Unlike a previous analysis of the ICD Registry in which black and Hispanic patients were significantly more likely than white patients to meet all eligibility criteria for a cardiac resynchronization therapy device, patients who received a non–evidence-based ICD in our study were more likely to belong to a racial minority group other than black.13 Given that racial minorities have been shown to be less likely than white patients to receive evidence-based ICDs, it is concerning that some racial minority groups in this study were more likely to be recipients of a non–evidence-based device.14 Reasons for this finding need to be examined and addressed.
Importantly, the rate of non–evidence-based ICD implants was significantly higher for non-electrophysiologists than electrophysiologists. Potential reasons for this disparity include better knowledge of the data on primary prevention ICDs and increased commitment to adherence to practice guidelines by electrophysiologists. Future research should investigate real reasons behind this disparity and propose ways to decrease non–evidence-based ICD implants.
There was no clear decrease in the overall number of non–evidence-based ICD implants over time. Although these implants decreased significantly from 2006 to 2007, there was no significant change from 2007 to 2009 to support a declining trend over time. These findings highlight the importance of continuing to enhance health care providers’ knowledge of practice guidelines. The one subgroup that seemed to show a significant decrease in non–evidence-based ICD implants over time as a proportion of all implants was patients within 40 days of an MI. Although subgroup analyses should be viewed cautiously, potential reasons for this decline include wider dissemination of evidence-based practice guidelines, participation in the ICD Registry, and other quality improvement initiatives. Future accrual of data in the ICD Registry will allow a more robust examination of changes in non–evidence-based ICD implants over time.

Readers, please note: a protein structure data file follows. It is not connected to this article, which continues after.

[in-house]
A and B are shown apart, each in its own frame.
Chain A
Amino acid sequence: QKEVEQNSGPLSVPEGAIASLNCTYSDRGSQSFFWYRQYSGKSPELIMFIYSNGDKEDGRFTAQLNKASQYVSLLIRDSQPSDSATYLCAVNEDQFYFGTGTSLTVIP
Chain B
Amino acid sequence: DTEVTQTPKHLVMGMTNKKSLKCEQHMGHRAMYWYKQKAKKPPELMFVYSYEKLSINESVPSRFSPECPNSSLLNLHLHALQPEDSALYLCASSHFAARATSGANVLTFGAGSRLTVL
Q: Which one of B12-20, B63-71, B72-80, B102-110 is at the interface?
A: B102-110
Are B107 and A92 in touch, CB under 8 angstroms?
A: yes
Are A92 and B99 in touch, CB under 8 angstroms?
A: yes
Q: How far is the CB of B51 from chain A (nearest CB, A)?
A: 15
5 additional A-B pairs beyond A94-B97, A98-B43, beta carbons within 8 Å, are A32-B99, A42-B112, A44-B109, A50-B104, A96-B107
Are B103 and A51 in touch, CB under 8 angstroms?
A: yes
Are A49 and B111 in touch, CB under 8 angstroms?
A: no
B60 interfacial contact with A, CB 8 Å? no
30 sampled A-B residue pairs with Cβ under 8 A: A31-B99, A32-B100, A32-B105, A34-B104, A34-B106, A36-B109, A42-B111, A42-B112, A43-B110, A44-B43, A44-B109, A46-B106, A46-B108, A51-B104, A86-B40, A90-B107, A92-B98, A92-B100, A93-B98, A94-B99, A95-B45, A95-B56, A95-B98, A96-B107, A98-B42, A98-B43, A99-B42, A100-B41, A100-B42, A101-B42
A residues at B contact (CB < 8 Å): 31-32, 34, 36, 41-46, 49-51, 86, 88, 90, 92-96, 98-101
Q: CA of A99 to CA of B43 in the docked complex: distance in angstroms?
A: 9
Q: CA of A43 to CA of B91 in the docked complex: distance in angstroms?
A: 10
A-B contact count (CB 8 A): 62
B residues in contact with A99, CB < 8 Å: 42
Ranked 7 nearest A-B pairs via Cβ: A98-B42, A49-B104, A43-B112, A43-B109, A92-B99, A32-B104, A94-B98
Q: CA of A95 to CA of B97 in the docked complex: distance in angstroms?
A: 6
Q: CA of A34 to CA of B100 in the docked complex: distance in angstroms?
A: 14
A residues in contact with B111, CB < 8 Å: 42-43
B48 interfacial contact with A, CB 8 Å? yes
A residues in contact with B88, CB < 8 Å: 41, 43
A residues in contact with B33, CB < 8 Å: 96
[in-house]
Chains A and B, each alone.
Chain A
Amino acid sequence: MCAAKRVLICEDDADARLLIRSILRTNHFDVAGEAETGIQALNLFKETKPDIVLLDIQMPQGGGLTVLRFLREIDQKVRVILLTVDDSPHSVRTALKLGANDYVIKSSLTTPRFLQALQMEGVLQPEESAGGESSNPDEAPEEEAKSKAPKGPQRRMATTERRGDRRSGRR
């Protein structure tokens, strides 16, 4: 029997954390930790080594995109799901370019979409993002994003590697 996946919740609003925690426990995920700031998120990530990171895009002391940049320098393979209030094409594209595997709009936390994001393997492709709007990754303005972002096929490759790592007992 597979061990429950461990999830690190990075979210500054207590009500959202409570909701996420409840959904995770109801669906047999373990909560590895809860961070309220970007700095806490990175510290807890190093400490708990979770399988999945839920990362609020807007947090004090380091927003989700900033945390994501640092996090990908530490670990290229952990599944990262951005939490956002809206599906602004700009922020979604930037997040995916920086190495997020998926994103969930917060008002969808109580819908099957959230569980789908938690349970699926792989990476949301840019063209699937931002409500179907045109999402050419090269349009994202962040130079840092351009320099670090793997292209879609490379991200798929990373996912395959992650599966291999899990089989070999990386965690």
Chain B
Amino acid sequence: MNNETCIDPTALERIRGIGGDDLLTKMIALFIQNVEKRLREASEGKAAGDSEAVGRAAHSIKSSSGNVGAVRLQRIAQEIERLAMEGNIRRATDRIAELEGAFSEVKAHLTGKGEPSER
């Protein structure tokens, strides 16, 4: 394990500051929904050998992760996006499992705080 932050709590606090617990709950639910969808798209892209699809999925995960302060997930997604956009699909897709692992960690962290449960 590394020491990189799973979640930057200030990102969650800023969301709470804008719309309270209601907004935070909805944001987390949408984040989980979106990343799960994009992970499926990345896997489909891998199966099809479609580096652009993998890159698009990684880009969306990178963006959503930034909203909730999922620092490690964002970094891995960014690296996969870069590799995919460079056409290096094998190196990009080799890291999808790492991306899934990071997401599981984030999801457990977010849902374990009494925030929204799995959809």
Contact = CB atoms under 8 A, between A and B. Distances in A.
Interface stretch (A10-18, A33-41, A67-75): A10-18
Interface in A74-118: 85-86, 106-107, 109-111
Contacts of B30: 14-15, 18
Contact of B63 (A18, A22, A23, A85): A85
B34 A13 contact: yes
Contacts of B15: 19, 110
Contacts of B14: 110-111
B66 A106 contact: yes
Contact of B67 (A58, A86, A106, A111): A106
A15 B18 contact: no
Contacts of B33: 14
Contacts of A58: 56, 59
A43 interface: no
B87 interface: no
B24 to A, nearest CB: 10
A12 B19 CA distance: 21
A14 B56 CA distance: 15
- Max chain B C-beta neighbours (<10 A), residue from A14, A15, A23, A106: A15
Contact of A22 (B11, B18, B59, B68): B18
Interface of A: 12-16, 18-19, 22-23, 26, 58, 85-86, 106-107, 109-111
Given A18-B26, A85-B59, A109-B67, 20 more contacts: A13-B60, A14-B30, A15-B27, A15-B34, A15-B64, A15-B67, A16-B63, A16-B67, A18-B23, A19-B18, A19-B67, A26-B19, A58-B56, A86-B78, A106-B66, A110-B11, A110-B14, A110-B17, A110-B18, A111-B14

Our study has several limitations. First, the analysis of complications was limited to events occurring in the hospital. However, in a previous study, our group demonstrated that most ICD-related complications occur in the hospital.15 Second, hospitals are required to submit data on Medicare patients only, so this analysis may not reflect all cases. However, 78% of the hospitals entered data on all patients undergoing ICD implantation.9 Our results likely portray conservative estimates of non–evidence-based implants as submitting data on primary prevention ICDs in Medicare patients is mandatory, and to receive payment, hospitals have every incentive to ensure their procedures are performed for approved indications. It should be pointed out that some of these implants may have been clinically appropriate. The guidelines clarify that “the ultimate judgment regarding care of a particular patient must be made by the health care provider and the patient in light of all the circumstances presented by that patient. There are circumstances in which deviations from these guidelines are appropriate.” 7,8